5. The process of making a pencil, which process includes forming a lead composed of clay and carbonaceous material intermixed, heating the lead suificiently to harden the clay and char the carbonaceous material and convert it into charcoal or the like, and saturating the same in wax while in fluid form for filling the pores and coating the same.
6. The process of making a pencil, which process includes forming a plastic mass of clay and wood dust, extruding the same into leads, heating the leads sufficient to harden the clay and char the wood dust and convert it into charcoal, and filling the pores thereof with stearic acid and thelike.
7. The process of making a pencil, which process includes forming a plastic mass of clay and wood dust, extruding the same into leads, heating the leads suflicient to harden the clay and char the Wood dust and convert it into charcoal, and saturating the same in a wax while in fluid form so as to fill the pores and coat the same.
8. The process of making a pencil, which process includes forming a lead composed of clay and a carbonaceous material including some gelatinous material intermixed, and heating the lead sufiicient to harden the cla and char the carbonaceous material an convert it into charcoal and the like.
9. The process of making a pencil, which process includes forming a lead composed of burnt and unburnt clay and carbonaceous material intermixed, and heatin the lead sufiiciently'to harden the clay an char the carbonaceous material and convert it into charcoal or the like.
10. The process of making a pencil, which process includes forming a lead composed of clay and carbonaceous material 1ntermixed," heating material and convert it into charcoal and the like, and saturating the same in wax the lead suificiently to' harden the clay and char the carbonaceous while in fluid form, and suitable coloring i material.
11. A pencil having lead composed of hardelned clay and charred materialintermixe 12. A pencil having lead composed of substantially one part hardened .clay and two parts charcoal intermixed.
13. A pencil having lead composed of 5 hardened clay and moaaoe hardened clay and charred material intermixed and the pores thereof filled with a wax-like material.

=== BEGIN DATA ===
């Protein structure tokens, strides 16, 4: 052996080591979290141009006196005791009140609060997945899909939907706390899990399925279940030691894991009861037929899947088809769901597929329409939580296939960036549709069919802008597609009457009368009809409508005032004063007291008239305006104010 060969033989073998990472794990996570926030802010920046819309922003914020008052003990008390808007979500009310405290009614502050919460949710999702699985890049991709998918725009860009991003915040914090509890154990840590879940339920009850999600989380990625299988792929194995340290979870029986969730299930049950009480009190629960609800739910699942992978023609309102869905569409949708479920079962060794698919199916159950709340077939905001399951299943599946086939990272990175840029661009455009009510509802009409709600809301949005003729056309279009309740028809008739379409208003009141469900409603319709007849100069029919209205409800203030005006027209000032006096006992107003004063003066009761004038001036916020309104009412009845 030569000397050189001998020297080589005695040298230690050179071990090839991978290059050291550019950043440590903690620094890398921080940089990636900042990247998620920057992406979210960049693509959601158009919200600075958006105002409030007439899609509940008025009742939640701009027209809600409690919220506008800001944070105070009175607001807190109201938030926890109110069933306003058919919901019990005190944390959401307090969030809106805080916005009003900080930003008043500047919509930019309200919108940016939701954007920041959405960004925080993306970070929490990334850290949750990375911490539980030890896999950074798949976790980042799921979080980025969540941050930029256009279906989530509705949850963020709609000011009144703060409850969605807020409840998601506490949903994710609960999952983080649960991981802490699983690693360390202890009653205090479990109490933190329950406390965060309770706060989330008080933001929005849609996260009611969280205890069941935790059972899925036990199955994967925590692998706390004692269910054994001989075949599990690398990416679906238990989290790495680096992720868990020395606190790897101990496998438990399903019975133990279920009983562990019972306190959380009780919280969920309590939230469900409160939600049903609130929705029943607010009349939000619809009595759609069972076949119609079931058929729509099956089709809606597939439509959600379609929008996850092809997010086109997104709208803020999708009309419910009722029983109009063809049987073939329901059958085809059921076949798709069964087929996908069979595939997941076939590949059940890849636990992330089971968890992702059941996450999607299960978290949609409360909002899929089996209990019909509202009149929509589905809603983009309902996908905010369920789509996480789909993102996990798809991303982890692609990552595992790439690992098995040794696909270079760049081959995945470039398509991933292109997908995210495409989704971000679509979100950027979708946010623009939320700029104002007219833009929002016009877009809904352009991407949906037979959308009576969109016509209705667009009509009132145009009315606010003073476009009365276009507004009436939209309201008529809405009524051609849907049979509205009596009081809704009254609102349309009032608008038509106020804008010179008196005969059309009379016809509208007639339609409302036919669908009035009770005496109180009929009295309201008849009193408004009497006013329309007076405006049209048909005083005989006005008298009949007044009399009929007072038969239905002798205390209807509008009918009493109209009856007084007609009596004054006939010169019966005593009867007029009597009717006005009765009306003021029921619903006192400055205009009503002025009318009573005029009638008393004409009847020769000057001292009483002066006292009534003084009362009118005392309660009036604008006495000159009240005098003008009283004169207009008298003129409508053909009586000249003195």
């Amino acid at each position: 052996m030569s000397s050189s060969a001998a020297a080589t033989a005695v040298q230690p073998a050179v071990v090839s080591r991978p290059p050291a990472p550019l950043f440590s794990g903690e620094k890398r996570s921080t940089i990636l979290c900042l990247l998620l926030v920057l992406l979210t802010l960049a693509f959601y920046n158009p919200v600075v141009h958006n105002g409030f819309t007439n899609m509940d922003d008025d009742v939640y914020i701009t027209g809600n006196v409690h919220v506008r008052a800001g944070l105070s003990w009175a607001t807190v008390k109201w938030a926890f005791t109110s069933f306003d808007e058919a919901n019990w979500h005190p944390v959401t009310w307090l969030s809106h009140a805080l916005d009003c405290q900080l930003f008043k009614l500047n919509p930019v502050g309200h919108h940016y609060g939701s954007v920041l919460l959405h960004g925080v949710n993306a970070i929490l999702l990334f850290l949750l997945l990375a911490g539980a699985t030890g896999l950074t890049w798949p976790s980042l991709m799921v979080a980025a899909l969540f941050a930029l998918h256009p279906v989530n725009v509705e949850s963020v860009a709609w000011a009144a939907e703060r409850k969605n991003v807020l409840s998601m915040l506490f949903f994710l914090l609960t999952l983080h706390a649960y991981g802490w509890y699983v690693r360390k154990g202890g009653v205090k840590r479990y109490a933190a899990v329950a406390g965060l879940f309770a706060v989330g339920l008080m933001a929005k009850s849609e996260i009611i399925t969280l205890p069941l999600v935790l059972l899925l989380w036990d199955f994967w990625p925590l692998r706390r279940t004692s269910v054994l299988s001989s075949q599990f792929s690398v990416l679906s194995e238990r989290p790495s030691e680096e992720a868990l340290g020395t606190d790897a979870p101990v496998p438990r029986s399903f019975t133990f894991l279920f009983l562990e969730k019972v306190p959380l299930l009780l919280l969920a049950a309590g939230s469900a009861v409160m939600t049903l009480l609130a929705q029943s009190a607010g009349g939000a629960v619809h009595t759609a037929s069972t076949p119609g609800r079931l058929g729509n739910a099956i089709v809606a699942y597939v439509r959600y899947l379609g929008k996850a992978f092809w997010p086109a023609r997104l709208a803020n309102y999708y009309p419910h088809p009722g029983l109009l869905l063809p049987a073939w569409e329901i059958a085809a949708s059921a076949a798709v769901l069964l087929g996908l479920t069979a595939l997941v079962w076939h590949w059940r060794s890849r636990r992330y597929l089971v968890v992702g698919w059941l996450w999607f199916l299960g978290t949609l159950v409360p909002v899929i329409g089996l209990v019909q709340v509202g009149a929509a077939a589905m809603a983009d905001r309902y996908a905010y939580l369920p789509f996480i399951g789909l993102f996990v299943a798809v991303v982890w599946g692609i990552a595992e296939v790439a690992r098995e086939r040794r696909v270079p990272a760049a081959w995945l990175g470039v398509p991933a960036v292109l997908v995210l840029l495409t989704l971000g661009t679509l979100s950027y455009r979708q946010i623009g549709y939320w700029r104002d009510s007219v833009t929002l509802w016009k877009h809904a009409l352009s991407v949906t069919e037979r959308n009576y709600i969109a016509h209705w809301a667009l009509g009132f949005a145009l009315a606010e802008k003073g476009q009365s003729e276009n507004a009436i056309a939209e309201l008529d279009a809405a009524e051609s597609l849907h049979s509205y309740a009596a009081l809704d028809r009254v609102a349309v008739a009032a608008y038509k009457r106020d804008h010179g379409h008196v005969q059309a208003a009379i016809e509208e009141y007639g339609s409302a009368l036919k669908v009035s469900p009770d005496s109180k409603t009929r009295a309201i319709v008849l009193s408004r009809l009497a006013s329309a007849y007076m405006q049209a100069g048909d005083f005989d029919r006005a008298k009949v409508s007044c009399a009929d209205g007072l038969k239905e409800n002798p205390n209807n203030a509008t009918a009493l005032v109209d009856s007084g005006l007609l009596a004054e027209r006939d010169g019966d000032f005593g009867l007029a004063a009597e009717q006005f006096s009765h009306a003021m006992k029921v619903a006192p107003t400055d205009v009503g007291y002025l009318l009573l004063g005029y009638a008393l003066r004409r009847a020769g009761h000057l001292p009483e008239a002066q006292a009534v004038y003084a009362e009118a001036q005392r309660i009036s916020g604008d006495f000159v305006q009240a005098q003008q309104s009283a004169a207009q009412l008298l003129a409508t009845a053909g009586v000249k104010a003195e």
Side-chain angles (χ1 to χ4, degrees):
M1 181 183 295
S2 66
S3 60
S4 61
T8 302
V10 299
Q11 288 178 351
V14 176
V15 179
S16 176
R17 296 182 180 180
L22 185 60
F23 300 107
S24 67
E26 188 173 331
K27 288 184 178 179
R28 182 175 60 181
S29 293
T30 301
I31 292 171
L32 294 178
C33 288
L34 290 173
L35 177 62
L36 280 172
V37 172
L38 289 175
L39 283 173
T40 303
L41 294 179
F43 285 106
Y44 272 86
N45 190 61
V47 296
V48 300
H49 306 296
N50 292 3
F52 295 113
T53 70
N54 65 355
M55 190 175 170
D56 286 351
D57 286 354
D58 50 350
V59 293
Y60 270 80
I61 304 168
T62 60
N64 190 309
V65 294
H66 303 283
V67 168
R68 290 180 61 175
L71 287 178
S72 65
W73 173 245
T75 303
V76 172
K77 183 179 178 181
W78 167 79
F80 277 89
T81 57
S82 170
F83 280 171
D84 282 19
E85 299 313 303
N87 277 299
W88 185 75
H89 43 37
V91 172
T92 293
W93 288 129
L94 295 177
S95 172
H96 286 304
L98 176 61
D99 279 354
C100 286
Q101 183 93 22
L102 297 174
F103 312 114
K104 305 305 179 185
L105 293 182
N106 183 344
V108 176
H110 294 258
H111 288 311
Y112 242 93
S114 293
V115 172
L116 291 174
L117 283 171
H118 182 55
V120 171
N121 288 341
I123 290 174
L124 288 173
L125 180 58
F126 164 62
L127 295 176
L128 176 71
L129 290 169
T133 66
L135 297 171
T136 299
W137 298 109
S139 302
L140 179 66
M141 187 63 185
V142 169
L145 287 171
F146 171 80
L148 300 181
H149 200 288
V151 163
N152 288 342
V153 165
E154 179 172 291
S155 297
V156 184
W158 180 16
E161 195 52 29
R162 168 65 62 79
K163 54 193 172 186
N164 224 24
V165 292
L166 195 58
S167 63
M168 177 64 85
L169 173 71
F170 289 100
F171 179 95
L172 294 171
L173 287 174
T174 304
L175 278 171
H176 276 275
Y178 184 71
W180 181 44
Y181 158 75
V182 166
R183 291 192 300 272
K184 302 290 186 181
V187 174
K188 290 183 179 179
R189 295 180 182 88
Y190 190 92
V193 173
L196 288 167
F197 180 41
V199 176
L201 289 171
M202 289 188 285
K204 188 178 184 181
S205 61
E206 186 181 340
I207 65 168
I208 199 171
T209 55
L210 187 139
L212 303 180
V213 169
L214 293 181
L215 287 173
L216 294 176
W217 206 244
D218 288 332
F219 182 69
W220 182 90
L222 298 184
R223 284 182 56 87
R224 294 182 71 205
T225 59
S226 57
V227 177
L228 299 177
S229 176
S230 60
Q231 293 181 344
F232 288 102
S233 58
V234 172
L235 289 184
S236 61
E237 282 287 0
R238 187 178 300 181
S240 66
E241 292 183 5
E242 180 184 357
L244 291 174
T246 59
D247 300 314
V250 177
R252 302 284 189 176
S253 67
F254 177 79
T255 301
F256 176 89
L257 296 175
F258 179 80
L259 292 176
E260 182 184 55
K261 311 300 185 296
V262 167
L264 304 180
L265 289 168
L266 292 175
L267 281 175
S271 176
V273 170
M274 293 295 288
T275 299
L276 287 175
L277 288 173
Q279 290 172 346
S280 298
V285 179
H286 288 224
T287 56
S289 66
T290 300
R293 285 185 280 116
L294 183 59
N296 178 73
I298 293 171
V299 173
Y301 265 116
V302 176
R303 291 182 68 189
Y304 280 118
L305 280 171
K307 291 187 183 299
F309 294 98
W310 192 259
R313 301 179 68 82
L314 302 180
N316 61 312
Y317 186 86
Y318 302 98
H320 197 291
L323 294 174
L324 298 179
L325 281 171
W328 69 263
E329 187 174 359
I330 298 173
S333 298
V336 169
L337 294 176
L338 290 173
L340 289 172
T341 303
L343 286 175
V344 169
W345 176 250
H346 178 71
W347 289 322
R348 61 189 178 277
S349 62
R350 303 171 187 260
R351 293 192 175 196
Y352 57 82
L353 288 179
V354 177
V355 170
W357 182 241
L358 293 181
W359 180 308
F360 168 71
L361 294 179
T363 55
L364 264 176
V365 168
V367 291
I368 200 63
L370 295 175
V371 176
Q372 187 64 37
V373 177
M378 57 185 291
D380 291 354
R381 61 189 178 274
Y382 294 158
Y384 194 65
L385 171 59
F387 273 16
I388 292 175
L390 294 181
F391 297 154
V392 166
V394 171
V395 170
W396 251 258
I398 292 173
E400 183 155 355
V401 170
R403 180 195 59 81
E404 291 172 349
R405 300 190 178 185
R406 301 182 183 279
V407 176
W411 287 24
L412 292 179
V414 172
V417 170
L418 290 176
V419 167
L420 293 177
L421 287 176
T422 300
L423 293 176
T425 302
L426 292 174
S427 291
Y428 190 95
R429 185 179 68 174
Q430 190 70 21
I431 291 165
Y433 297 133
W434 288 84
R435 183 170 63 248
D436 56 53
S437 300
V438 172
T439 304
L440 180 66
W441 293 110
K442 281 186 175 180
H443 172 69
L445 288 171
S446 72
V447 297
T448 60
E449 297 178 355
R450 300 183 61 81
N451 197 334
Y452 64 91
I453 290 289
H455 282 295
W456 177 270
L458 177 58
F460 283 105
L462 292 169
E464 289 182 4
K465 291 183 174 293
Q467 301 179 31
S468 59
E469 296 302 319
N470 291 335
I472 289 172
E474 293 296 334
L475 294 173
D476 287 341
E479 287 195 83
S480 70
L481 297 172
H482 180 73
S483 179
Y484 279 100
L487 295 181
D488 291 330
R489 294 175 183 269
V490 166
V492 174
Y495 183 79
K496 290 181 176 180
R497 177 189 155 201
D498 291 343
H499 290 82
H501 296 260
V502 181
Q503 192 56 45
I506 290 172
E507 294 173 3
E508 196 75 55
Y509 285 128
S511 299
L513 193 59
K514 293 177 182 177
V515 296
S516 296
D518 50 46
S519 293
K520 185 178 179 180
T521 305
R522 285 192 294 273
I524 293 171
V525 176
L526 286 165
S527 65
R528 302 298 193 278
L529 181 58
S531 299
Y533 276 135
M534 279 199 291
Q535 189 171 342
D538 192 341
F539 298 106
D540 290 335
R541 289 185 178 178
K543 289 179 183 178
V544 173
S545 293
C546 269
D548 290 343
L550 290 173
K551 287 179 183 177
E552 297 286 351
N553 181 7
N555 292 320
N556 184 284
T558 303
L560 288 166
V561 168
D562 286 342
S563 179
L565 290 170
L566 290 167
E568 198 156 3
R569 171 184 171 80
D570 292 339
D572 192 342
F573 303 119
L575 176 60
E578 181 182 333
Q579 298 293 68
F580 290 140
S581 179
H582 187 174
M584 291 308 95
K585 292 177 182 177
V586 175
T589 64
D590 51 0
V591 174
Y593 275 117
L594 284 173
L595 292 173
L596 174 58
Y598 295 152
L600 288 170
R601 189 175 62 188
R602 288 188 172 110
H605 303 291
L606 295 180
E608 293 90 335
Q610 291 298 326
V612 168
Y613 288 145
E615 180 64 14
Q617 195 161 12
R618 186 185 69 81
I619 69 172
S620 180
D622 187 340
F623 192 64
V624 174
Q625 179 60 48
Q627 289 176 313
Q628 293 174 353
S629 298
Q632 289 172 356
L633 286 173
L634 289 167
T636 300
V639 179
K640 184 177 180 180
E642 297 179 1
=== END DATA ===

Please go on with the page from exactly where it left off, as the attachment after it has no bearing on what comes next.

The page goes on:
14:. A pencil having lead composed of charred material intermixed and the pores thereof filled with a wax-like material, and suitable coloring material.
15. A pencil havinglead composed of substantially one part of hardened clay and la two parts of charcoal intermixed and the pores thereof filled with stearic acid.
16., A pencil having material for marking, and a coating of yieldingmaterial surrounding said marking material,
In witness whereof I have hereunto afixed my signature.
LUCIAN W. JBUGBEE.
US687031A 1924-01-18 1924-01-18 Pencil and process of making the same Expired - Lifetime US1504209A (en)

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Cited By (5)

* Cited by examiner, † Cited by third party
Publication number Priority date Publication date Assignee Title
DE746988C (en) * 1939-08-18 1945-01-09 Dr Raimund Berger Process for the manufacture of fired writing bodies, e.g. pencil leads, pens or chalks
DE765958C (en) * 1936-11-25 1953-03-16 Schwan Bleistift Fabrik A G Unburned, colored writing or drawing leads
DE754980C (en) * 1935-10-13 1953-03-30 Faber Castell A W Process for the production of burned and prepared writing or drawing leads
US3446878A (en) * 1964-12-08 1969-05-27 Dainihon Bungu Co Ltd Method of producing pencil lead
US5735622A (en) * 1995-12-14 1998-04-07 Pentech International Inc. Writing instrument with a compressible friction coating and method of making

Cited By (5)

* Cited by examiner, † Cited by third party
Publication number Priority date Publication date Assignee Title
DE754980C (en) * 1935-10-13 1953-03-30 Faber Castell A W Process for the production of burned and prepared writing or drawing leads
DE765958C (en) * 1936-11-25 1953-03-16 Schwan Bleistift Fabrik A G Unburned, colored writing or drawing leads
DE746988C (en) * 1939-08-18 1945-01-09 Dr Raimund Berger Process for the manufacture of fired writing bodies, e.g. pencil leads, pens or chalks
US3446878A (en) * 1964-12-08 1969-05-27 Dainihon Bungu Co Ltd Method of producing pencil lead
US5735622A (en) * 1995-12-14 1998-04-07 Pentech International Inc. Writing instrument with a compressible friction coating and method of making